The Merrimack River Trail runs along the Merrimack River, east/west for two miles sandwiched between the riverbank and a line of towering white pines. It provides access to all the main routes in the trail network. Bikes are permitted on the multi-use portion of the trail that runs east from Mile Circle. The views of the river along the trail are absolutely sensational. To avoid the crowds on this popular path, arrive early in the morning.

Maudslay Medley Bike Rides

From the parking area, cross Curzon Mill Road and pass the Park Headquarters. Head onto the Pasture Trail. Cross a velvety green meadow and pedal north through the Christmas Tree Grove towards the Flowering Pond. You’ll arrive at a fork. To the left is the Mile Circle Trail and to the right is Main Road.

Ride Option 1: Maudslay Medley East

Turn left onto the Mile Circle Trail. It travels in an arc before reconnecting with the Pasture Trail at the northern end of the pond. Cross the pond via the Dam. In a short distance, arrive at a T-junction where the Laurel Walk meets the Merrimack River Trail. If the area to the left is not closed due to the Bald Eagle roosting season, turn left and follow the trail as it winds along the river.

At the next fork, turn right to bike through the massive stand of Mountain Laurels along Laurel Walk or stay on the Merrimack River Trail to access the Castle Hill Lookout or the remote Bootleggers Field Loop in the far northeastern finger of the park.

Ride Option 2: Maudslay Medley South

Turn right onto Main Road. Cross the Pond via the wide, stone bridge. Arrive at the junction with the south branch of the Merrimack River Trail. Bear right. The Main Road runs concurrently with the Merrimack River Trail. Try biking Overlook Road, Main Road. or North Road. All branch off the trail and travel south to eventually connect with a trail that traces the park’s southern boundary along Pine Hill Road. Head left on this trail to the Pasture Trail and return to the parking lot.

If you are not in a hurry, explore the trails that crisscross between all these north/south routes for a diverse mountain biking experience. The trails travel through a medley of fields, pines, woods, wetlands and around kettle holes (bowls carved out of the landscape by glacier action). There are a few singletrack trails in the area designated for foot travel only. Please respect posted signs.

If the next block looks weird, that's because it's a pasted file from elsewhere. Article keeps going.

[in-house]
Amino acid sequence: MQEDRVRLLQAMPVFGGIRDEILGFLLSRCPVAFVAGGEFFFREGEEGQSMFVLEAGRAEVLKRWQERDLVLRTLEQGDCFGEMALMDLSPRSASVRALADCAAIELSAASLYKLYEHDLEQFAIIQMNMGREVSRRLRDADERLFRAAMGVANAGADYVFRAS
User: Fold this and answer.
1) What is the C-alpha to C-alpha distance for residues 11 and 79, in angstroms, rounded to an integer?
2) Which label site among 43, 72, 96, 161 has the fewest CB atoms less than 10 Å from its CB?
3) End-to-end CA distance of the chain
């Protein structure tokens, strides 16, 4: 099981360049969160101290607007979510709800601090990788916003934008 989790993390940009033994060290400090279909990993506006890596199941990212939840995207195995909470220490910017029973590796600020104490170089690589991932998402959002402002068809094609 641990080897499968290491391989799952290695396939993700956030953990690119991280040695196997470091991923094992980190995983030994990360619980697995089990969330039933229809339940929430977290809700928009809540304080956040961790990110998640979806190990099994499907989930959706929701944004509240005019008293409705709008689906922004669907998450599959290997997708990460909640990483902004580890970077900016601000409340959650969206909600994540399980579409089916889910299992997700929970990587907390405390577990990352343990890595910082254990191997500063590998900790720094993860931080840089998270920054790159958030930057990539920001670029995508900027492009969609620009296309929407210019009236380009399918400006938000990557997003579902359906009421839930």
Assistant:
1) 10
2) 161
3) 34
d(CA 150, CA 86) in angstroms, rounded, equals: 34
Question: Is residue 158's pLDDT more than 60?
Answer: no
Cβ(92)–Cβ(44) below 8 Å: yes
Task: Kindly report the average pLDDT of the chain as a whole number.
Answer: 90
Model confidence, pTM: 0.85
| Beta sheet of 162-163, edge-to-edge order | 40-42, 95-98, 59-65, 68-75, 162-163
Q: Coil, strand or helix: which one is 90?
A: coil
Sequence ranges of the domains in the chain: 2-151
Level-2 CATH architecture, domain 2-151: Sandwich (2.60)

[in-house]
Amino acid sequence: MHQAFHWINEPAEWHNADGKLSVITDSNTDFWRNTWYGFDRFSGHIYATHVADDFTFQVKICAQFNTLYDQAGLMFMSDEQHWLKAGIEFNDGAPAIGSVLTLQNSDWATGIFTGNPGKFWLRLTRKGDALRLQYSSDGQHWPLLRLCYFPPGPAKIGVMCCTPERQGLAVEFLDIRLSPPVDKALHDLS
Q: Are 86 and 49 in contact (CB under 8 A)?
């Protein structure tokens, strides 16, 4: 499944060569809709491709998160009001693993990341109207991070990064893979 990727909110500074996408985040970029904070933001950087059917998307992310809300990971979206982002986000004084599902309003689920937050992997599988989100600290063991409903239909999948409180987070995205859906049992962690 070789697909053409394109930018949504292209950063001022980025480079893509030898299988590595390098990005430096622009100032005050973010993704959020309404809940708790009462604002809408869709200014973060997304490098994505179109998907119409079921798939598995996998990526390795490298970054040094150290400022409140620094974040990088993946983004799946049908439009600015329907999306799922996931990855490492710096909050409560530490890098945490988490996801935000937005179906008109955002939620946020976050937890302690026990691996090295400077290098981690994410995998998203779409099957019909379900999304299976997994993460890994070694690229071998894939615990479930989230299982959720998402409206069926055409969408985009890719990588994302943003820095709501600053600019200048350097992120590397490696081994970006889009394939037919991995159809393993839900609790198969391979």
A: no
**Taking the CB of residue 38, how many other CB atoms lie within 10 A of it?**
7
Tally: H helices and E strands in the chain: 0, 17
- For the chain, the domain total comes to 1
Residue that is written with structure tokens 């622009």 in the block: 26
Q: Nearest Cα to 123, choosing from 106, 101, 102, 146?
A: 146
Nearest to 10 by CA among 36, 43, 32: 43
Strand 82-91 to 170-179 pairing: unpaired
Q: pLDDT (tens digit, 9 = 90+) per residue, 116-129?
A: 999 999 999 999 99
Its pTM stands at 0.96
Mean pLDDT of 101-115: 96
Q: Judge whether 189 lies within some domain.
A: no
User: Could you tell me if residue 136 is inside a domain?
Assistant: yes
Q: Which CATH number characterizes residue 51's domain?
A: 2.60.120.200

Castle Hill Lookout Trail

The Castle Hill Trails are located in the peaceful northeastern section of the park. The trails wind around and climb to the summit of Castle Hill, a lofty knoll that offers pretty views of the fields and Merrimack River Valley below.  It’s the perfect spot for a picnic.

Perimeter Loop Bike Tour

Using a combination of trails that hug the park’s boundaries, a number of loops rides of varying lengths are possible. Here's one short option.

From the parking area, cross Curzon Mill Road and head east across the meadow onto the Pasture Trail. At the fork, turn right. The trail dips south towards Pine Hill Road before straightening out and entering the woods. Many trails branch off the path and lead north. Keep straight.  Near the “Theatre In The Open”, turn left onto North Road. Pedal north along the border with Arrowhead Farm, one of the oldest continually operated family farms in the nation.  At the junction with the Main Road/Merrimack River Trail, turn left and ride towards Flowering Pond. Cross the pond over the stone bridge and turn left onto the Pasture Trail. Retrace your route back to the start to complete this short bike tour around the southeastern section of Maudslay State Park.


Historical Notes

The former Fredrick Moseley Estate, built in the early 19th century was originally called Maudesleigh which later became known as as Maudslay. At it's peak there were 30 structures on the property, a staff of around 40 and an extensive horticultural operation. In addition to the laurels naturally occurring on the estate there was a rose garden, an Italian garden, a 500 foot perennial garden, a collection of rhododendrons, azaleas, specimen trees and more.

The property was acquired in 1985 by the Massachusetts Department of Environmental Management (DEM) and became Maudslay State Park.

Directions To Trailheads

From North or South:
ake Rte. 95, exit 57 to Rte. 113 east. Follow 113 east for half a mile and turn left on Noble St. At stop sign turn left onto Ferry Rd., bear left at fork and follow signs.

From West:
Take I-495 exit 55 to Rte. 110 east. Continue 1 mile to Merrill St., turn right at second light. Continue on Merrill St./Spofford St. for 1.5 miles. Turn right before stop sign onto Ferry Rd., follow signs.

For more information

Maudslay State Park
Curzon Mill Rd.,
Newburyport, Massachusetts 01950

Phone: 978 465-7223
TTY Users: 711 (AT&T National Relay Service)
Website: Maudslay State Park